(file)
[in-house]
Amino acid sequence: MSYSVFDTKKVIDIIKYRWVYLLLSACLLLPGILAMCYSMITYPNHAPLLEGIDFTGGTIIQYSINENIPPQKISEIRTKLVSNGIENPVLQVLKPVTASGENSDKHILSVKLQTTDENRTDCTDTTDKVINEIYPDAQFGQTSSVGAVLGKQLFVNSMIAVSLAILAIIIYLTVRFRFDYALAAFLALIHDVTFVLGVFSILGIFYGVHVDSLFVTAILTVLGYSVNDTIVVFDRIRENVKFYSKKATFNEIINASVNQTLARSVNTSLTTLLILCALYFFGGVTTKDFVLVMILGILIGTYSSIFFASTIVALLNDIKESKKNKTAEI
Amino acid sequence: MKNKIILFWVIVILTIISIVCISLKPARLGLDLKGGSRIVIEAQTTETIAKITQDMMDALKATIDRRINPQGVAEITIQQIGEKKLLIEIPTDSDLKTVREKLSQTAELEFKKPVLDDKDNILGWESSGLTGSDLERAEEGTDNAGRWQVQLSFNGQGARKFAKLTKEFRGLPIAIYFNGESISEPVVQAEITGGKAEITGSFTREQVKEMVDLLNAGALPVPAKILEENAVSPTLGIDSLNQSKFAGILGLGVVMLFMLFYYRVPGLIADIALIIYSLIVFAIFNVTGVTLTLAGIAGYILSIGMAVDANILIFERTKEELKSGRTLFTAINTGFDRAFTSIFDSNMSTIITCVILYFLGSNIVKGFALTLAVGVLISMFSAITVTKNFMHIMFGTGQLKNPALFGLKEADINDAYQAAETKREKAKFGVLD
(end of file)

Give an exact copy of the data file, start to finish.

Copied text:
[in-house]
Amino acid sequence: MSYSVFDTKKVIDIIKYRWVYLLLSACLLLPGILAMCYSMITYPNHAPLLEGIDFTGGTIIQYSINENIPPQKISEIRTKLVSNGIENPVLQVLKPVTASGENSDKHILSVKLQTTDENRTDCTDTTDKVINEIYPDAQFGQTSSVGAVLGKQLFVNSMIAVSLAILAIIIYLTVRFRFDYALAAFLALIHDVTFVLGVFSILGIFYGVHVDSLFVTAILTVLGYSVNDTIVVFDRIRENVKFYSKKATFNEIINASVNQTLARSVNTSLTTLLILCALYFFGGVTTKDFVLVMILGILIGTYSSIFFASTIVALLNDIKESKKNKTAEI
Amino acid sequence: MKNKIILFWVIVILTIISIVCISLKPARLGLDLKGGSRIVIEAQTTETIAKITQDMMDALKATIDRRINPQGVAEITIQQIGEKKLLIEIPTDSDLKTVREKLSQTAELEFKKPVLDDKDNILGWESSGLTGSDLERAEEGTDNAGRWQVQLSFNGQGARKFAKLTKEFRGLPIAIYFNGESISEPVVQAEITGGKAEITGSFTREQVKEMVDLLNAGALPVPAKILEENAVSPTLGIDSLNQSKFAGILGLGVVMLFMLFYYRVPGLIADIALIIYSLIVFAIFNVTGVTLTLAGIAGYILSIGMAVDANILIFERTKEELKSGRTLFTAINTGFDRAFTSIFDSNMSTIITCVILYFLGSNIVKGFALTLAVGVLISMFSAITVTKNFMHIMFGTGQLKNPALFGLKEADINDAYQAAETKREKAKFGVLD